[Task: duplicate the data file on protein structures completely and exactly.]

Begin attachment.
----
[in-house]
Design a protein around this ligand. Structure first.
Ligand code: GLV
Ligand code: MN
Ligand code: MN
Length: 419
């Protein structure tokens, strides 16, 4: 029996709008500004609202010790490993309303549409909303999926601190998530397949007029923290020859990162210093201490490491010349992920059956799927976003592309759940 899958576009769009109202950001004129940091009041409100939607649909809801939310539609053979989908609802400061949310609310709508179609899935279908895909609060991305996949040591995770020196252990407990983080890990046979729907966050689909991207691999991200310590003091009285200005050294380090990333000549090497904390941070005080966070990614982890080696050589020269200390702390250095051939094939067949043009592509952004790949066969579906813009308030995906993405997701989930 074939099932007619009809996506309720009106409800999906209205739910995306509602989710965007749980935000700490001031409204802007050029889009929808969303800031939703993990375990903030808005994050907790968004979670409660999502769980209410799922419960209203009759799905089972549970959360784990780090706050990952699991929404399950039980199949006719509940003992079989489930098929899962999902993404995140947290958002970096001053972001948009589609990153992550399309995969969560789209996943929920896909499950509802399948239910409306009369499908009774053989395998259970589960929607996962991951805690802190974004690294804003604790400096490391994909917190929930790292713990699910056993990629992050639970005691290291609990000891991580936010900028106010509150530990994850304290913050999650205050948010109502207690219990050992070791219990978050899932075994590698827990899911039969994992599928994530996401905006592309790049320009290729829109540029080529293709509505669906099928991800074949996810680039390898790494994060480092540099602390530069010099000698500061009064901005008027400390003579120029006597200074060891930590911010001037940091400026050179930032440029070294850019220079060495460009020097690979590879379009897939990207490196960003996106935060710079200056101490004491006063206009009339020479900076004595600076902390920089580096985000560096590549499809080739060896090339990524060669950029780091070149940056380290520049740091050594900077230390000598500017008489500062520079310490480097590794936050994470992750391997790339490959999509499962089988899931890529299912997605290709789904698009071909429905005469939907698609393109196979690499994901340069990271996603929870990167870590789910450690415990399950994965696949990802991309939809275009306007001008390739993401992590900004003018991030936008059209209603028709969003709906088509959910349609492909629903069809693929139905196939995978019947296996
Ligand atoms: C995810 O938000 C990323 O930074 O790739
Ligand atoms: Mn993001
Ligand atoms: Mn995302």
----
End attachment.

[in-house]
Design a protein around this ligand. Structure first.
Ligand code: GLV
Ligand code: MN
Ligand code: MN
Length: 419
């Protein structure tokens, strides 16, 4: 029996709008500004609202010790490993309303549409909303999926601190998530397949007029923290020859990162210093201490490491010349992920059956799927976003592309759940 899958576009769009109202950001004129940091009041409100939607649909809801939310539609053979989908609802400061949310609310709508179609899935279908895909609060991305996949040591995770020196252990407990983080890990046979729907966050689909991207691999991200310590003091009285200005050294380090990333000549090497904390941070005080966070990614982890080696050589020269200390702390250095051939094939067949043009592509952004790949066969579906813009308030995906993405997701989930 074939099932007619009809996506309720009106409800999906209205739910995306509602989710965007749980935000700490001031409204802007050029889009929808969303800031939703993990375990903030808005994050907790968004979670409660999502769980209410799922419960209203009759799905089972549970959360784990780090706050990952699991929404399950039980199949006719509940003992079989489930098929899962999902993404995140947290958002970096001053972001948009589609990153992550399309995969969560789209996943929920896909499950509802399948239910409306009369499908009774053989395998259970589960929607996962991951805690802190974004690294804003604790400096490391994909917190929930790292713990699910056993990629992050639970005691290291609990000891991580936010900028106010509150530990994850304290913050999650205050948010109502207690219990050992070791219990978050899932075994590698827990899911039969994992599928994530996401905006592309790049320009290729829109540029080529293709509505669906099928991800074949996810680039390898790494994060480092540099602390530069010099000698500061009064901005008027400390003579120029006597200074060891930590911010001037940091400026050179930032440029070294850019220079060495460009020097690979590879379009897939990207490196960003996106935060710079200056101490004491006063206009009339020479900076004595600076902390920089580096985000560096590549499809080739060896090339990524060669950029780091070149940056380290520049740091050594900077230390000598500017008489500062520079310490480097590794936050994470992750391997790339490959999509499962089988899931890529299912997605290709789904698009071909429905005469939907698609393109196979690499994901340069990271996603929870990167870590789910450690415990399950994965696949990802991309939809275009306007001008390739993401992590900004003018991030936008059209209603028709969003709906088509959910349609492909629903069809693929139905196939995978019947296996
Ligand atoms: C995810 O938000 C990323 O930074 O790739
Ligand atoms: Mn993001
Ligand atoms: Mn995302």